Women Pioneers in Spaceflight – Tereshkova, Cobb, Ride, Sullivan, Collins, Melroy, Whitson

July 5, 2017 Facebook Twitter LinkedIn Google+ Online Auction

Becoming an astronaut today would certainly be a non-traditional career choice for a woman – but just barely! The Department of Labor defines a non-traditional field for a woman as one in which 25% or less of those employed are female. Currently, about 26% of NASA’s astronaut corps are women.

Although most people in the United States probably think of Sally Ride as the first woman in space, she was actually preceded into space 20 years earlier by a female cosmonaut, the Russian Valentina Tereshkova, who became the first woman in space in 1963. And although Ride was the first American woman in space, the first American female astronaut was Jerrie Cobb, in 1960. All three women took different paths on their journey to becoming an astronaut or cosmonaut.

Valentina Tereshkova flew aboard Vostok 6. She was a textile mill worker, but also an expert amateur parachutist. As there weren’t many female pilots, her parachutist expertise got her recruited into the Russian space program.   Tereshkova spent almost 3 days in space and orbited the earth 48 times. This was more time in space than the combined times of all the American Mercury astronauts who had preceded her. 

Although Tereshkova turned 70 in 2007, she said it was still a dream of hers to fly to Mars – even on a one way ticket!

The U.S.A. could have had the first woman in space. The first female American astronaut, Jerrie Cobb, never got the opportunity to fly in space. Jerrie Cobb earned her commercial pilot’s license at age 18, but in 1949 the aviation jobs available to women were as flight attendants, not pilots. So Cobb got a job at the Miami airport and consequently met Jack Ford, who had a business that ferried aircraft around the world. She convinced him to hire her, and thus flew all types of aircraft around the world. This led to her invitation to the Lovelace Clinic to undergo the same testing the Mercury astronauts did, and in 1960 she passed the same physical and psychological tests as the Mercury astronauts. 

After she passed this testing, she then helped recruit 24 other women, twelve of whom also passed the tests and were chosen to undergo further testing at the Naval Aviation Center in Pensacola, Florida. These women became known as the FLATs – First Lady Astronaut Trainees, or Mercury 13.

Unfortunately for the women, many of whom had quit their jobs in anticipation of this round of testing, they never got the opportunity to train as astronauts. The Navy would not allow the use of their Pensacola facilities for testing, as there wasn’t an official NASA request for the training. There was still much resistance by members of NASA to women becoming part of the space program. Without the testing, they could not proceed into the Mercury project.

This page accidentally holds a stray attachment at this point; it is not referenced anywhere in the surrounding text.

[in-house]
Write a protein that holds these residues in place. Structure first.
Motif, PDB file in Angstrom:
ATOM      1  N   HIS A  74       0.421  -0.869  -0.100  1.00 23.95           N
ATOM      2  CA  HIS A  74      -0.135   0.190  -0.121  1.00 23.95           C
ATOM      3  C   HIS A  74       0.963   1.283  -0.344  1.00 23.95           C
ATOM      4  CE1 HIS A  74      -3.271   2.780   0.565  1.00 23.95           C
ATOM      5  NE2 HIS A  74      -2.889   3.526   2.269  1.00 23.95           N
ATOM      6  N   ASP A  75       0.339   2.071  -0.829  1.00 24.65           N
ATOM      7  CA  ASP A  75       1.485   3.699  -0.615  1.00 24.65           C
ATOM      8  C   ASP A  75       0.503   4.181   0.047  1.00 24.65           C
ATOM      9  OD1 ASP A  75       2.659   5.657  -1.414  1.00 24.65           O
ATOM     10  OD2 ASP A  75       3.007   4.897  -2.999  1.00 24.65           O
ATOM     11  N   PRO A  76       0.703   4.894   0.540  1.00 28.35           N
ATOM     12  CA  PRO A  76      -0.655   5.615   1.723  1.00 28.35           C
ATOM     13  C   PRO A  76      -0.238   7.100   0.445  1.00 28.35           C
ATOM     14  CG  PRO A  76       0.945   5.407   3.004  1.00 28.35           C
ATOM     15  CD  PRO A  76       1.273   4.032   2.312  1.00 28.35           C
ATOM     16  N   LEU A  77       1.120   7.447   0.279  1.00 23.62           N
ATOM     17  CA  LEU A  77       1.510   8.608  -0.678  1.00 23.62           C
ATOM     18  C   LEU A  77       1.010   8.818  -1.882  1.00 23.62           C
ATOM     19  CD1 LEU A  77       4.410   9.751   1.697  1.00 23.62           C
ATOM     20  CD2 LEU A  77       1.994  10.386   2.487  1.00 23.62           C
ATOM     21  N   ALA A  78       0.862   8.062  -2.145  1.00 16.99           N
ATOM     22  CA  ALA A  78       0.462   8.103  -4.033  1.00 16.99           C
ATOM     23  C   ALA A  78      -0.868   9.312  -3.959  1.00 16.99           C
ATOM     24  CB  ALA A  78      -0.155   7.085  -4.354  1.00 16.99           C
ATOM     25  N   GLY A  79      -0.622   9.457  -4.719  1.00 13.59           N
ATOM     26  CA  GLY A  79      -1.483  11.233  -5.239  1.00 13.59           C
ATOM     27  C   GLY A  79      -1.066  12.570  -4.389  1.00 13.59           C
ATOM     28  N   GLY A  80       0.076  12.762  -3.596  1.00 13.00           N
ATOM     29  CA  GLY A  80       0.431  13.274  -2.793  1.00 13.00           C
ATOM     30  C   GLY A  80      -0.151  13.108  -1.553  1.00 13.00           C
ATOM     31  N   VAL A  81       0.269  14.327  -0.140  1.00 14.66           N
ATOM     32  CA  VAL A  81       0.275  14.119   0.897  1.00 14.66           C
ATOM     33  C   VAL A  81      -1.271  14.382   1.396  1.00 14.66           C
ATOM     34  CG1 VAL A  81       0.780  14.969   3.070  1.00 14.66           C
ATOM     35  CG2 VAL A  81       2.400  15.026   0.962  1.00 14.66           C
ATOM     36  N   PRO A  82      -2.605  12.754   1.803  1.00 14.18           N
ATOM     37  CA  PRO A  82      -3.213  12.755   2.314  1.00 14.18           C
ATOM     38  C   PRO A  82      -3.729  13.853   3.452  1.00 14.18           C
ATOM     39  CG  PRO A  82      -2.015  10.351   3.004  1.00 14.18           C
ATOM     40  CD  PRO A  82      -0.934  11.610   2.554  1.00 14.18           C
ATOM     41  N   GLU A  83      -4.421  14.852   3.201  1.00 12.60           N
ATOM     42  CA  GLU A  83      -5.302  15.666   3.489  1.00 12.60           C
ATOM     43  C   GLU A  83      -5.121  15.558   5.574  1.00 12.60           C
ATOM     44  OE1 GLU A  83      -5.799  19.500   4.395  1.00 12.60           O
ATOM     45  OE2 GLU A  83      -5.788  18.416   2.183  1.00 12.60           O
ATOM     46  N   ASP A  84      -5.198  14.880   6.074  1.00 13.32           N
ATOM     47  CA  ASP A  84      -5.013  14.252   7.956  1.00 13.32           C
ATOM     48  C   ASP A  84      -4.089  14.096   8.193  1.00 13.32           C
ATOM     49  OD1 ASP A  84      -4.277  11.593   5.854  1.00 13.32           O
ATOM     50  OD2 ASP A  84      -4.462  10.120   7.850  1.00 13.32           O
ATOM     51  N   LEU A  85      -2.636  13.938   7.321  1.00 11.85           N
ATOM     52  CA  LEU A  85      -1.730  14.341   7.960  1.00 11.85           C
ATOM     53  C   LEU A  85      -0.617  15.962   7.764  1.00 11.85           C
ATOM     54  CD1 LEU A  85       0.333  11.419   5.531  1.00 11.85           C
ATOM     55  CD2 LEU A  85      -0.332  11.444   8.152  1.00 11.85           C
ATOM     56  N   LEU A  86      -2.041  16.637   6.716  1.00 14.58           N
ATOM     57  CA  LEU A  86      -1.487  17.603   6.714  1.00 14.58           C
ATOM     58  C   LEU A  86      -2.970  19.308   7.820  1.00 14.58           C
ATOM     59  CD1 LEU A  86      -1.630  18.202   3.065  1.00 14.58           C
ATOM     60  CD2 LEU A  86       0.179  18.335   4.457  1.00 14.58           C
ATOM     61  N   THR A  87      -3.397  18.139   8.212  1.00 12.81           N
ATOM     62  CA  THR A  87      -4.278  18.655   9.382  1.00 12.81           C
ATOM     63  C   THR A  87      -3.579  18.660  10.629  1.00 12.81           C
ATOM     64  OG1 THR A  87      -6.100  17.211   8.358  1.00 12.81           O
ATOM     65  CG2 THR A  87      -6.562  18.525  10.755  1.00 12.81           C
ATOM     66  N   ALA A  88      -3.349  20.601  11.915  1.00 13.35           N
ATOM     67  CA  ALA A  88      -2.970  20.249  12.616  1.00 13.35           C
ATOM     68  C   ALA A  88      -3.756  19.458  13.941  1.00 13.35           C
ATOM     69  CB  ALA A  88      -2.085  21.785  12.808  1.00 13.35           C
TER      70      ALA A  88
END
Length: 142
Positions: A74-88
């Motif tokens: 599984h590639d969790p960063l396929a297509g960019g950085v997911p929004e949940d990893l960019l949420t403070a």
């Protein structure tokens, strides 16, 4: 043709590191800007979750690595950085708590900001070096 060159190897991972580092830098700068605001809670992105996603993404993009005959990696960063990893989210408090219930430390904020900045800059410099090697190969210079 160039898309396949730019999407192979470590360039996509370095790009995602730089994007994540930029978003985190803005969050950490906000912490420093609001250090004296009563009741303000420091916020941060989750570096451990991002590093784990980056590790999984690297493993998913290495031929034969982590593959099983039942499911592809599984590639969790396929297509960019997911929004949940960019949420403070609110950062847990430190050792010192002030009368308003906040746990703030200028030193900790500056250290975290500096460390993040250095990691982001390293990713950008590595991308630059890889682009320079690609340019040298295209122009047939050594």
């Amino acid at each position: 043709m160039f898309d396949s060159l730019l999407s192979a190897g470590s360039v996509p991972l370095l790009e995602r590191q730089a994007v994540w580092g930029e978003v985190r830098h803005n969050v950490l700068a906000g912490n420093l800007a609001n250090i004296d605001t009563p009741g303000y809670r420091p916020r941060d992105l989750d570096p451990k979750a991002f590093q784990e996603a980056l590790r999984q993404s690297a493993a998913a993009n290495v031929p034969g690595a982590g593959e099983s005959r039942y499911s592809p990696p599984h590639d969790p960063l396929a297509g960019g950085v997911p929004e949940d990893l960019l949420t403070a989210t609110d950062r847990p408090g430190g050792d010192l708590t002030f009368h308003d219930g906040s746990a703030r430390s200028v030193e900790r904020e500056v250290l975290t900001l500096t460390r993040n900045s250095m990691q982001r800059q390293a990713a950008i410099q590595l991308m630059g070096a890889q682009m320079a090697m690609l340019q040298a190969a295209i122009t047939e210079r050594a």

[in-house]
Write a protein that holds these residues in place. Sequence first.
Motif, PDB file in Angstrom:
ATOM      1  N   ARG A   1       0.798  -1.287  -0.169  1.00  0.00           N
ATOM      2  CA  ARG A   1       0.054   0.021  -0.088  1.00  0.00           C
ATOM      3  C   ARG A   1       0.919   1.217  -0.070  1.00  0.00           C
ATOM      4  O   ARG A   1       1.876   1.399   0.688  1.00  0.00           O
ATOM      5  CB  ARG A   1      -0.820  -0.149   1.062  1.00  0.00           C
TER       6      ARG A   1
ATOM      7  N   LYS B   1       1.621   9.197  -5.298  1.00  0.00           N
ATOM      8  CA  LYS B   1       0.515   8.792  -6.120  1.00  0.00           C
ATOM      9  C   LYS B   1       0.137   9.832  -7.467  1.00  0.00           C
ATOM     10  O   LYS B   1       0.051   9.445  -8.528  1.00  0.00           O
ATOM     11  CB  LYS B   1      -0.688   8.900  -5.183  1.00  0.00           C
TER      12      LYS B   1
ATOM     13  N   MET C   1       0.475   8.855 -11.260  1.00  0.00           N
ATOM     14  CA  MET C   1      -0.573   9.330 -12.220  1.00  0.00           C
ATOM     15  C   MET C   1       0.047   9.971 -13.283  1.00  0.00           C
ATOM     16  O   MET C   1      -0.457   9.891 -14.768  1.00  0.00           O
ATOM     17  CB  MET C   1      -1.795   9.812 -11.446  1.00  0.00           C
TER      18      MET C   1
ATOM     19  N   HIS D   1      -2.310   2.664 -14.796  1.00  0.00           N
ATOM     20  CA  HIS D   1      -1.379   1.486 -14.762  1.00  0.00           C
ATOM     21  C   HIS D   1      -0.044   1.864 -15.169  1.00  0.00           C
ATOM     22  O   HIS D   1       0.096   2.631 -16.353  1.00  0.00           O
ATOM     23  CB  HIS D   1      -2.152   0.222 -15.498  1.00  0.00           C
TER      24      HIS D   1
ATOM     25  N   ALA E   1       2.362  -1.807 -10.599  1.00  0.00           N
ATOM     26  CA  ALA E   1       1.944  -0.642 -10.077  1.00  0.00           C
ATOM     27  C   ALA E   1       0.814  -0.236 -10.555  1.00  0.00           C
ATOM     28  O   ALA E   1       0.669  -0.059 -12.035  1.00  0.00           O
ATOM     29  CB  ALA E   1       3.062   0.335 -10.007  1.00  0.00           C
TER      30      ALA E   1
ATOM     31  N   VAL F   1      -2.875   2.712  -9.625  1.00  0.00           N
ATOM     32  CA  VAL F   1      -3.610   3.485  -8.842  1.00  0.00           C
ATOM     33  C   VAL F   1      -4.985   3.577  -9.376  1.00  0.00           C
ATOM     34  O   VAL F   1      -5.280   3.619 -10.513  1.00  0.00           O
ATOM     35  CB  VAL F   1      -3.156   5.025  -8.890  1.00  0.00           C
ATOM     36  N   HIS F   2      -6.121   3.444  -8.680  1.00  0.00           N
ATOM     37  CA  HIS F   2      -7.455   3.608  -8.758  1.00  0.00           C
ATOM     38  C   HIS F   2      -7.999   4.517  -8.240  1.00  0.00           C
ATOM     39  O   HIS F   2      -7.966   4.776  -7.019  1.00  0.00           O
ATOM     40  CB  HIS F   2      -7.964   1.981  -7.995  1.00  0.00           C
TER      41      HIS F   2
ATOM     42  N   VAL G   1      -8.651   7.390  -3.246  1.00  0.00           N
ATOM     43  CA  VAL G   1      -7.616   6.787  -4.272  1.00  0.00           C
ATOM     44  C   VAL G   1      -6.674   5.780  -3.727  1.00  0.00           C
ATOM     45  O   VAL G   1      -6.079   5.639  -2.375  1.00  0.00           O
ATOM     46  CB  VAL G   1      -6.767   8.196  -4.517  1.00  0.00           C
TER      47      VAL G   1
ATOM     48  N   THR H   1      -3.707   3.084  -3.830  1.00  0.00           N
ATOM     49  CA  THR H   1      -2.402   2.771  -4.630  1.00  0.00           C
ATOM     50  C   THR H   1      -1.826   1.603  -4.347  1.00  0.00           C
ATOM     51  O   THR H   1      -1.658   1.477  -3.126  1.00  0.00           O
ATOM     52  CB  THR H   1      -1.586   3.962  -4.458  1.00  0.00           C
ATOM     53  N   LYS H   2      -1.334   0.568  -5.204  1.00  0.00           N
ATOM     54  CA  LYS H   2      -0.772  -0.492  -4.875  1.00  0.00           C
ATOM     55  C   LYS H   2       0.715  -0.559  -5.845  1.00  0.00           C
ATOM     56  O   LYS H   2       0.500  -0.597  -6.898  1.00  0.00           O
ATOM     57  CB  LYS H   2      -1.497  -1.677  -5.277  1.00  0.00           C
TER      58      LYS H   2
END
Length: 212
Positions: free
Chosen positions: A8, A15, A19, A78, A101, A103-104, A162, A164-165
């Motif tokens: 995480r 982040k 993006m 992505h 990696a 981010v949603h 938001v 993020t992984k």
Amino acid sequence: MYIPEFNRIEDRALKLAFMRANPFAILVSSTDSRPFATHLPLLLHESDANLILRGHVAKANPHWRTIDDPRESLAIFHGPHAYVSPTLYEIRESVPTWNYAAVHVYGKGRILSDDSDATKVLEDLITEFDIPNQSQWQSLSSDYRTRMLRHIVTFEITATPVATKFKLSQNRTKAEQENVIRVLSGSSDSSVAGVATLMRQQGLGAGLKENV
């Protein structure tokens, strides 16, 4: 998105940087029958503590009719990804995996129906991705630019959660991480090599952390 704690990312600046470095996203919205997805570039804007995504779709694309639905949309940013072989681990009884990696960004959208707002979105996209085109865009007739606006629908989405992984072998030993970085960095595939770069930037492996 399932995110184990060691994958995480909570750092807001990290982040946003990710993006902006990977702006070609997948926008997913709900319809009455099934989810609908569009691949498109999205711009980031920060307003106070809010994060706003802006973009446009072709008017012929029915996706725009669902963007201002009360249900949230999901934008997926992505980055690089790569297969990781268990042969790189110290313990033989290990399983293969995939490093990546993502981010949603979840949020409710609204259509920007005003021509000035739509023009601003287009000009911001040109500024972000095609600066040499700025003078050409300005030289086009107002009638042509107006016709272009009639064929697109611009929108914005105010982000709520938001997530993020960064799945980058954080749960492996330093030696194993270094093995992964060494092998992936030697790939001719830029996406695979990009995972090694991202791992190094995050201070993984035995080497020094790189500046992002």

Jerrie Cobb, along with many others on her behalf, have lobbied NASA to get Cobb onto a flight into space, but efforts have so far been unsuccessful. When John Glenn flew back into space at the age of 77 in 1998, her hopes were renewed. She even stated that she’d make the trip even “if I knew I wasn’t coming back.”

It wasn’t until 1978 that NASA truly opened its doors to women. This class marked the first year that women were chosen to be astronauts. The 1978 was chosen specifically for the space shuttle, and six of the 35 were women, including Sally Ride. Sally Ride became the first American woman in space in 1983.

Dr. Sally Ride, an astrophysicist, flew on the Challenger STS-7 mission, as a mission specialist, thus becoming the first American woman in space. She flew again on the Challenger a year later, on the first flight to include two women. On that flight her friend, Kathryn Sullivan, became the first woman to walk in space.

The first female space shuttle pilot was Eileen Collins, in 1995. She piloted another shuttle in 1997 and then made another historic first, becoming the first woman to command a space shuttle in 1999. This was such a momentous occasion that it was announced by President Clinton at a White House press conference.

The year 2007 brought other historic firsts. The second woman to command the space shuttle, Pam Melroy, and the first woman to command the International Space Station, Peggy Whitson, marked the first time there were two women commanders in space at the same time.

A sign of progress for women in space is that this 2007 event wasn’t exceptionally remarkable. In an October 2007 speech given by Michael Griffin, NASA Administrator, he remarked that “In my usual clueless fashion, I had failed to notice – until receiving a question from a member of the media – that this is the first time we have had women commanding both the Space Station and the Space Shuttle.”

Times are changing, and opportunities for women to play significant roles in our country’s space program are increasing. This will not only be beneficial to the space program, but also for encouraging girls and young women to pursue scientific and technical careers, whether in the sky or on the ground.

© Koval Associates LLC

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